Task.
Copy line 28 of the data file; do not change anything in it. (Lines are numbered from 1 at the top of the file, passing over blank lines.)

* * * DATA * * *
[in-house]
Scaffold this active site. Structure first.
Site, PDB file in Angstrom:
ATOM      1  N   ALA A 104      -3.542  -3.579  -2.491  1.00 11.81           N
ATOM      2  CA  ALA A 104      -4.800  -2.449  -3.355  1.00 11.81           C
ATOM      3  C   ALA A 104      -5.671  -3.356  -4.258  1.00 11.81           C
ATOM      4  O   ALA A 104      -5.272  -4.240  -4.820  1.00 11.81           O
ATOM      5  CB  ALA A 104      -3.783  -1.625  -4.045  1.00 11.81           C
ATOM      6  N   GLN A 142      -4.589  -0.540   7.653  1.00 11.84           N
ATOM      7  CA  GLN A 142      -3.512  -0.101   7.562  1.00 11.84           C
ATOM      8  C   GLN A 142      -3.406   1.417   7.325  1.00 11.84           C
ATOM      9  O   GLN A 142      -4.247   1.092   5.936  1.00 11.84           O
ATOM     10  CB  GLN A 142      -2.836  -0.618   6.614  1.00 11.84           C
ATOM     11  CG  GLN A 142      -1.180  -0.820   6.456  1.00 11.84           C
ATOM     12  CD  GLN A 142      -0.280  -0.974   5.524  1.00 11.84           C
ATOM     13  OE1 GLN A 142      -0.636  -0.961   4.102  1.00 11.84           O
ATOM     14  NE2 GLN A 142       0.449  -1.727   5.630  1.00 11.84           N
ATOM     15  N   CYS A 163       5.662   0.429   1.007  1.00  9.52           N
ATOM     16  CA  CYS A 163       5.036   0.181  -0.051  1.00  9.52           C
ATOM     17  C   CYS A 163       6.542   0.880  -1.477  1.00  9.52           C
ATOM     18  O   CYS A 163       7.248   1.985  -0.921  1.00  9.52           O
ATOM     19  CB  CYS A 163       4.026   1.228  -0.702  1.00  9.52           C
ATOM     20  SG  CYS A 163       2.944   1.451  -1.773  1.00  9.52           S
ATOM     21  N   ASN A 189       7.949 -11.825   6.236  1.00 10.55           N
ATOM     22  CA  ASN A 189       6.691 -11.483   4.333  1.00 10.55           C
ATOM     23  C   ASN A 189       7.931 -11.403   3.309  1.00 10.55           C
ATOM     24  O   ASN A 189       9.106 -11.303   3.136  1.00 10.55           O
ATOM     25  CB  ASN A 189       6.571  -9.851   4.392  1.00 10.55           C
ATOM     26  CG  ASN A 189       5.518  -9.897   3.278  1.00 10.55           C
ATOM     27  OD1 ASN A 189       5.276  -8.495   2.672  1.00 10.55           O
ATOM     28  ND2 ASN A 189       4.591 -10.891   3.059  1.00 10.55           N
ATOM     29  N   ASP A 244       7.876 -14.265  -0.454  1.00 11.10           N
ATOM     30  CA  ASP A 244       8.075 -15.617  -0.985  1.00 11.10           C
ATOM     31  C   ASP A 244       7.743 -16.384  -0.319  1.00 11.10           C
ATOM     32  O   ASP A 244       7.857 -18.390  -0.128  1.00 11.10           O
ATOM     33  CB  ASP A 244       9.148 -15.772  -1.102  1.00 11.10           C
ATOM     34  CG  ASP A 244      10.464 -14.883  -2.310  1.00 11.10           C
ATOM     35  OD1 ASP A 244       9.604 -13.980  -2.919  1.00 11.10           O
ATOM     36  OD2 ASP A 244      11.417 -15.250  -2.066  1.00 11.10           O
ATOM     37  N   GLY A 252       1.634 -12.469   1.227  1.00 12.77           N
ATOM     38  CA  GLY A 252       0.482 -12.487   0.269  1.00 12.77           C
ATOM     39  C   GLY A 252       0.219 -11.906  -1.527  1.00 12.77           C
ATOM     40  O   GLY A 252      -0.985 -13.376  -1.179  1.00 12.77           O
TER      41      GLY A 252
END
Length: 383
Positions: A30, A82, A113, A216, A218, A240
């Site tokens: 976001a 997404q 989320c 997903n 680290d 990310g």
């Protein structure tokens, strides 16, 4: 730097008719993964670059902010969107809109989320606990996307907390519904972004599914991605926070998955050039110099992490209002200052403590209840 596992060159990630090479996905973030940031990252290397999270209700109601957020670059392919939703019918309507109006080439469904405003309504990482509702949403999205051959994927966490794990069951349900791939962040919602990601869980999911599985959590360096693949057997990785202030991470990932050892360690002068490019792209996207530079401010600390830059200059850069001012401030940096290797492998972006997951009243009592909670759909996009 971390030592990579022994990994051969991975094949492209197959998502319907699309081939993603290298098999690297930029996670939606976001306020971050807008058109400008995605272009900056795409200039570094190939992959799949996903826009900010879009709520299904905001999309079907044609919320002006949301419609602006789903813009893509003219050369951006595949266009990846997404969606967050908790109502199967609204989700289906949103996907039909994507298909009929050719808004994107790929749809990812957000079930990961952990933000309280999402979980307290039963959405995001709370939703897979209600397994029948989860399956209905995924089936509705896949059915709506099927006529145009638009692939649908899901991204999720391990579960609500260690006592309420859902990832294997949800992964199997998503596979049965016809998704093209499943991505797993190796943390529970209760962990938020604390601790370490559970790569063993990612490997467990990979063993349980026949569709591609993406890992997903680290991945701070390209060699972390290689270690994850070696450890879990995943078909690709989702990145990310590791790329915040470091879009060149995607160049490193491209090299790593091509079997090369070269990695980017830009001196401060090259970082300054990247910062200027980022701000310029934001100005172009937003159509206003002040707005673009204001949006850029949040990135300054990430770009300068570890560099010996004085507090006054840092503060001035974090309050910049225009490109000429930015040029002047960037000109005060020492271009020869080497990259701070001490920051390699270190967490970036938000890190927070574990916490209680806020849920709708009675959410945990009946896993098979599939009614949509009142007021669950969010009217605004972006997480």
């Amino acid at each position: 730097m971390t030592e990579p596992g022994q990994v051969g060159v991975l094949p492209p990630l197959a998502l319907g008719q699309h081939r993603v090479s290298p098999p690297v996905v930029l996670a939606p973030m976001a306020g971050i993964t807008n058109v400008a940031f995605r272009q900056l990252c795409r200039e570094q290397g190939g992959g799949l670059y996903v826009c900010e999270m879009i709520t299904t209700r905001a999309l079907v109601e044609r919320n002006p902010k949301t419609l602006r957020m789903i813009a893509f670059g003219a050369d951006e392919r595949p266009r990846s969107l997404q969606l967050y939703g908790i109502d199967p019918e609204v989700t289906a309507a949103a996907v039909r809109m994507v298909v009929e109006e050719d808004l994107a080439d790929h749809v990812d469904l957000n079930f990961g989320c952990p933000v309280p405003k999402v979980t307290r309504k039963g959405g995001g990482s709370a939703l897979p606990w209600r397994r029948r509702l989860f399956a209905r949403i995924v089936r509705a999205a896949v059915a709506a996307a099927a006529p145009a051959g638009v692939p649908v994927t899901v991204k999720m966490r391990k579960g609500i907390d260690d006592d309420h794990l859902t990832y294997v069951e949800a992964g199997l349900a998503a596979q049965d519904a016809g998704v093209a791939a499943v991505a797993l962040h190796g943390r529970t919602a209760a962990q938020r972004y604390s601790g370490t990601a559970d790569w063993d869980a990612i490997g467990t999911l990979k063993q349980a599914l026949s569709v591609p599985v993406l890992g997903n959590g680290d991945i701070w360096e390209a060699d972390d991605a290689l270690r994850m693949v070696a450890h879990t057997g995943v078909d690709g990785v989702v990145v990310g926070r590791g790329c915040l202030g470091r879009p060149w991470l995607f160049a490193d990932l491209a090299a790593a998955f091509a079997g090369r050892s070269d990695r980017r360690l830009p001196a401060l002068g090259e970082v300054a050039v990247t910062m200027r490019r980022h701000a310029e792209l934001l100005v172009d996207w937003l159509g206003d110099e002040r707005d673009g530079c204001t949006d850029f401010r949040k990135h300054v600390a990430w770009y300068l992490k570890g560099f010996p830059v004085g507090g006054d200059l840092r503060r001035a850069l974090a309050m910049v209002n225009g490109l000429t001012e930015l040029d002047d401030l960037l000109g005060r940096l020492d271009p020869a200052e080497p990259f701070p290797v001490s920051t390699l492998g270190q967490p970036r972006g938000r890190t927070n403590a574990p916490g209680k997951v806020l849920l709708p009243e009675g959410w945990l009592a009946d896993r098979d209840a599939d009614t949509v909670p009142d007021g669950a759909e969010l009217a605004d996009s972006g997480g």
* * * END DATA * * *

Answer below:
ATOM     25  CB  ASN A 189       6.571  -9.851   4.392  1.00 10.55           C